I am having a discussion with my brother in law about how in order for my children to outgrow their allergies they must have strict avoidance to the allergens. Well, he told me that, since he's allergic to bee stings, and they give him the allergen on a monthly basis that that was the way to outgrow it. I have read differently. I am looking for black and white proof to show him that strict avoidance is the only way to outgrow food allergies. If anyone has this information please let me know and if I am wrong please let me know.

Thank you.

On Mar 14, 2006

Can I question the statement that mentions that allergic reactions to dander/and anaphylactic reactions'?

For the majority of those allergic , yes , I would say that reactions to animals is not life threatening. However, there are some that will have a reaction that does have the potenital to be life threatening.


On Mar 14, 2006

Can I make a comment?

A milk allergic person should NOT be eating something with 'whey'.

If they are, and NOT reacting, then:

1) They aren't allergic to milk. 2) They aren't allergic to whey, and are only allergic to, say, other milk proteins, like casein 3) They ARE reacting to whey, and you don't see it. (like eczema, congestion, constipation, etc...)


------------------ [b]* Obsessed * [/b]

On Mar 14, 2006

i wholeheartedly agree with jason!

On Mar 14, 2006


I don't know if my comments will help your or your brother's argument. I guess I have to disagree with your statement that strict avoidance is the ONLY way to eliminate the allergy. There are a few immunotherapy methods for food allergies. Allergy shots are NOT one of those methods. I am not aware of any allergist practicing allergy shots for food allergies because they are considered too dangerous.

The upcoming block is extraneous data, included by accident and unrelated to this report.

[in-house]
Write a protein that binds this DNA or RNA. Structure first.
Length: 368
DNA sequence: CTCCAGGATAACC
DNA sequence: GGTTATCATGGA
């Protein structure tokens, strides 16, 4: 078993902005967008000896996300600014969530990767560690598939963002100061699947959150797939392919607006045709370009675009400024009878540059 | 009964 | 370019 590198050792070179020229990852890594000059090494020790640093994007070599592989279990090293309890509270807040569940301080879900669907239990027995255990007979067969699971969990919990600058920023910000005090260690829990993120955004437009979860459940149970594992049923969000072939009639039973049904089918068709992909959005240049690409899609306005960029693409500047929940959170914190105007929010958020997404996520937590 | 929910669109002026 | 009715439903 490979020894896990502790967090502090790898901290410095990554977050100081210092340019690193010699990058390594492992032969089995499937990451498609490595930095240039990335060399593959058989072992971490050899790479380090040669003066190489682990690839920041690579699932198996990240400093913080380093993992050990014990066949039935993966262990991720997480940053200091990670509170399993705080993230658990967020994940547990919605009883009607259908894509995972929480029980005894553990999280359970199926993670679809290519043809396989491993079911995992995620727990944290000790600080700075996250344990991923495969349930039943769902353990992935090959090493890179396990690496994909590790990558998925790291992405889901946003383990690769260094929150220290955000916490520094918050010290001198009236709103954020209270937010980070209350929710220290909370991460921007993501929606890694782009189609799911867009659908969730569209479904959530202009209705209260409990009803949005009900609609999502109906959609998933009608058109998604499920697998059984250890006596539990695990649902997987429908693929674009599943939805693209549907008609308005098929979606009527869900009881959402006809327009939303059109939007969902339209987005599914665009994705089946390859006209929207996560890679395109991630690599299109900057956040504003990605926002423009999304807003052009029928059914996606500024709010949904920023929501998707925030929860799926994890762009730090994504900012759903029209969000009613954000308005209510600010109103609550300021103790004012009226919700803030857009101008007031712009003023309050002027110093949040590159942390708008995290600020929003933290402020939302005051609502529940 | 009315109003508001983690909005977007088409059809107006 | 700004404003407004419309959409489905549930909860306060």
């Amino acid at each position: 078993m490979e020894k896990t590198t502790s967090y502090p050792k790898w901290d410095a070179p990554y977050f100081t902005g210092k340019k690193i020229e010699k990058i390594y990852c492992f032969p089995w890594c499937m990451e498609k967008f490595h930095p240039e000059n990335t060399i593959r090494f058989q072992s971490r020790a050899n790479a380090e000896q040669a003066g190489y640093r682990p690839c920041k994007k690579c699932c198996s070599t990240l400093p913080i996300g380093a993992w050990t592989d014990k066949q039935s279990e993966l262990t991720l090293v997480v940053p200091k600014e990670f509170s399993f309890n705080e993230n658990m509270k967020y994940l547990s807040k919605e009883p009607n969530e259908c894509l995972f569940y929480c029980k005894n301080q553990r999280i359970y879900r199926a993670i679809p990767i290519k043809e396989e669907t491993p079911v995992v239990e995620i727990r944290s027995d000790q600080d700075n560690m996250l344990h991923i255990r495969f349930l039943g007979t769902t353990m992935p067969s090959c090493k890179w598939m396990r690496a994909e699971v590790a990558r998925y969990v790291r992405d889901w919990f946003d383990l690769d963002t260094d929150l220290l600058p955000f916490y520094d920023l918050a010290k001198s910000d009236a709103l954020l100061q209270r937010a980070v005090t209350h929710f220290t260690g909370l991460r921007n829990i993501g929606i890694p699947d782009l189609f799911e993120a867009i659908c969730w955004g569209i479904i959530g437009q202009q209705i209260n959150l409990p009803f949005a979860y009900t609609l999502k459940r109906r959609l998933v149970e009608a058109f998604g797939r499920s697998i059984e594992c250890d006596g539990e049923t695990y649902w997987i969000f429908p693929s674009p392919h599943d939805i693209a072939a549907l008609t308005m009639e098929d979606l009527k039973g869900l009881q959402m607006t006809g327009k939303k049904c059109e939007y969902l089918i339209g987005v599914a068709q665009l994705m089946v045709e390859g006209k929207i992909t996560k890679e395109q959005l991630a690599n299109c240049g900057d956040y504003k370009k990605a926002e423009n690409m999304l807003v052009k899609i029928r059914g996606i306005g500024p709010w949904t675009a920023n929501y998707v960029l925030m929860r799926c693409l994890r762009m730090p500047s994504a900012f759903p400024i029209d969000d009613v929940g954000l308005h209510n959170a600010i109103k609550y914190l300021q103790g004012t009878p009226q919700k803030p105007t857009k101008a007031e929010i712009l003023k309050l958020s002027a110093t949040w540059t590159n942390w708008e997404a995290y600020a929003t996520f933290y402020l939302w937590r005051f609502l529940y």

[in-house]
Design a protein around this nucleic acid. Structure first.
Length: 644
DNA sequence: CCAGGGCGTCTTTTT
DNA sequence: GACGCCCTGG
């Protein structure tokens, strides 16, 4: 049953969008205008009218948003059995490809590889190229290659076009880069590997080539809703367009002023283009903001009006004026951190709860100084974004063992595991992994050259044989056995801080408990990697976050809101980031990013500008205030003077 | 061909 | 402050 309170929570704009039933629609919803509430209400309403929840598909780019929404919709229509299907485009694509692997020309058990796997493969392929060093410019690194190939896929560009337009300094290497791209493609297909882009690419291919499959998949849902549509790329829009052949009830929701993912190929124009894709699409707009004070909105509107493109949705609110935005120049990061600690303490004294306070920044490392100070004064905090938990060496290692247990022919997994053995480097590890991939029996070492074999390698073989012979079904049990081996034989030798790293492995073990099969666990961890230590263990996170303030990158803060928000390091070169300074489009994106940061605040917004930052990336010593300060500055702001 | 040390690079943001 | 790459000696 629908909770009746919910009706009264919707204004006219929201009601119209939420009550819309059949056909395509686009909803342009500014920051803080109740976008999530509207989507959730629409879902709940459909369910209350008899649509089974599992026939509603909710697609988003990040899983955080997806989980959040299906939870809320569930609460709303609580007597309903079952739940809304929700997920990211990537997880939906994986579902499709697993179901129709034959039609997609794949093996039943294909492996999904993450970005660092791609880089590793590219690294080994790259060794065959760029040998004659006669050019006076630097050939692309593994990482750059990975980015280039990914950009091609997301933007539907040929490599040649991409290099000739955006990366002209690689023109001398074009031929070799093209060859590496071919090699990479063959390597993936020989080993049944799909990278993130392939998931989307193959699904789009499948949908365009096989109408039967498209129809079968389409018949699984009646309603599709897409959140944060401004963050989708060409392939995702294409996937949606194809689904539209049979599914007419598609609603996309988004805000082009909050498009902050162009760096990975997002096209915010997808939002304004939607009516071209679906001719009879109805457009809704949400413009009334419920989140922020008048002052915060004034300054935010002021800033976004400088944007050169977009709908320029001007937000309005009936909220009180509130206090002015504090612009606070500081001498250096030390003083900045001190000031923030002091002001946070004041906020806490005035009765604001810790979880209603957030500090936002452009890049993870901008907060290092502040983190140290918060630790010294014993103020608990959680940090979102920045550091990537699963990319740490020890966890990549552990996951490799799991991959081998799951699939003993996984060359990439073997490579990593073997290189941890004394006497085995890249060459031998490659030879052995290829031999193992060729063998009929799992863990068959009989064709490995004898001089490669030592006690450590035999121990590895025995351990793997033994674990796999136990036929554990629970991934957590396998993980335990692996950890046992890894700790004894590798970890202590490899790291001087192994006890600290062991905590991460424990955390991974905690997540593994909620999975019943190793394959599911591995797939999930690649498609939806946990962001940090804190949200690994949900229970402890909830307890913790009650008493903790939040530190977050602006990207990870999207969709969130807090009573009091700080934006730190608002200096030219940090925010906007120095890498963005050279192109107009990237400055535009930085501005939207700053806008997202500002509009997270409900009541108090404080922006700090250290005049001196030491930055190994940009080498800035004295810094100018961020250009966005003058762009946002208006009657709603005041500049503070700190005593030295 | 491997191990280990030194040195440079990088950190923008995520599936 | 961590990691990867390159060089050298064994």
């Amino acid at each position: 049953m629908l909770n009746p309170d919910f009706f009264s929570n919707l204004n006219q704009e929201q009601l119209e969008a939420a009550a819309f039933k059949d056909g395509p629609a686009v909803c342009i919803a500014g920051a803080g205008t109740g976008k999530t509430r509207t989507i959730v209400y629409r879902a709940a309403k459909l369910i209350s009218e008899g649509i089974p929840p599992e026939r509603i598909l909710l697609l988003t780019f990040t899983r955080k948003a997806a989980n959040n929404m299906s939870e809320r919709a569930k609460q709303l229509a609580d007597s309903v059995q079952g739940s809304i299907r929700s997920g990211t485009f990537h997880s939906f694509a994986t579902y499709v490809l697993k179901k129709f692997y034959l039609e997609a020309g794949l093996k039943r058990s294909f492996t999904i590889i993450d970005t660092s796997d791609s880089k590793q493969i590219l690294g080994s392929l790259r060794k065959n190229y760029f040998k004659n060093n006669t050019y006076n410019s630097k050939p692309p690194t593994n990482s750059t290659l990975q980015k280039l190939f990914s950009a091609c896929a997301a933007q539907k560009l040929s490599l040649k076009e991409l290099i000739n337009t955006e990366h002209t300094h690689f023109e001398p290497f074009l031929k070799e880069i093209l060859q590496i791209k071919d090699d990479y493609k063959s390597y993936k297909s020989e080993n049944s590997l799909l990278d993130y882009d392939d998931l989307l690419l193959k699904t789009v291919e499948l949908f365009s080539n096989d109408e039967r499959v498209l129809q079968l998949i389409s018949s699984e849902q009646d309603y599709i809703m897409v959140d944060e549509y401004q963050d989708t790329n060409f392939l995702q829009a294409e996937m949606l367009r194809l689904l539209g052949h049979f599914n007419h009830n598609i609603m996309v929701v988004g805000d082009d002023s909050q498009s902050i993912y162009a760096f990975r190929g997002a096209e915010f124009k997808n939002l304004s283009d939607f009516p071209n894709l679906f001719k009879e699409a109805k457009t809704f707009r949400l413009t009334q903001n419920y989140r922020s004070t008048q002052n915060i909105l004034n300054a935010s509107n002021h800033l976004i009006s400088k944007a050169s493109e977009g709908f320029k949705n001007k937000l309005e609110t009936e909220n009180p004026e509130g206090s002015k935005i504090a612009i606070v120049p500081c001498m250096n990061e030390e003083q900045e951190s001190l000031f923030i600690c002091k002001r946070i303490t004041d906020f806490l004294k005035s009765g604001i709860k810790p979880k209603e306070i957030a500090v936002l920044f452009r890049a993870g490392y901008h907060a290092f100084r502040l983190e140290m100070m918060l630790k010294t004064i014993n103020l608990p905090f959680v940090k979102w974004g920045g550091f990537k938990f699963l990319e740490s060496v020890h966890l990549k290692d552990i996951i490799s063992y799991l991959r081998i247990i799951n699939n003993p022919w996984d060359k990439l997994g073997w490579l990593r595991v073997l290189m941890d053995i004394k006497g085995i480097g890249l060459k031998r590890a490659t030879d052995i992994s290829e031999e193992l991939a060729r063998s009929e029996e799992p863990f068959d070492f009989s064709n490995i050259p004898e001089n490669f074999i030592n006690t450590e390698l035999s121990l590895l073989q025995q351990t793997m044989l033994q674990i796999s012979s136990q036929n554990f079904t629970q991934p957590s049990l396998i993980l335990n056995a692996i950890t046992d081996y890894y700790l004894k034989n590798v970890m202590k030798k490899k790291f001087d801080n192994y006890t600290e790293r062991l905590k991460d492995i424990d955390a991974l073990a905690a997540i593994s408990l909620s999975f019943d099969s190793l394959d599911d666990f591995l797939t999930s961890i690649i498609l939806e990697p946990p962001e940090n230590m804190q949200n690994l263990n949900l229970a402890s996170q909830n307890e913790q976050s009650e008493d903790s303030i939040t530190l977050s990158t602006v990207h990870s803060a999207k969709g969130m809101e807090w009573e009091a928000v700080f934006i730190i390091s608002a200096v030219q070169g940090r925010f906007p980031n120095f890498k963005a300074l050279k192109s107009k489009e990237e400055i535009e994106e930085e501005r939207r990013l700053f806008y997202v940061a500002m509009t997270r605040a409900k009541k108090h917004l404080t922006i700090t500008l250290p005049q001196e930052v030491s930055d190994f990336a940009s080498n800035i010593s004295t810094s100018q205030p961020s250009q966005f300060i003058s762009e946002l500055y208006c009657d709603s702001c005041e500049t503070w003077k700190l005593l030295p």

melissa's daughter is undergoing a study at Duke which involves ingesting peanut flour. I am afraid I don't know how to link but you can get more info on that study by reading her topic called "Invited to participate in a research study" which is on the Research Board. I don't believe this treatment is available to the general public at this time, but the results look promising.

I have just started my son on sublingual immunotherapy (SLIT). You can read more on this on the topic called "Treatment for food allergies" posted by vlcarnes on the Main Discussion Board (most recent post in early March). This treatment is available to the public, however, not many doctors in the US are using this method. It is more commonly used in Europe. A study on the effectiveness and dosages is being started at Duke.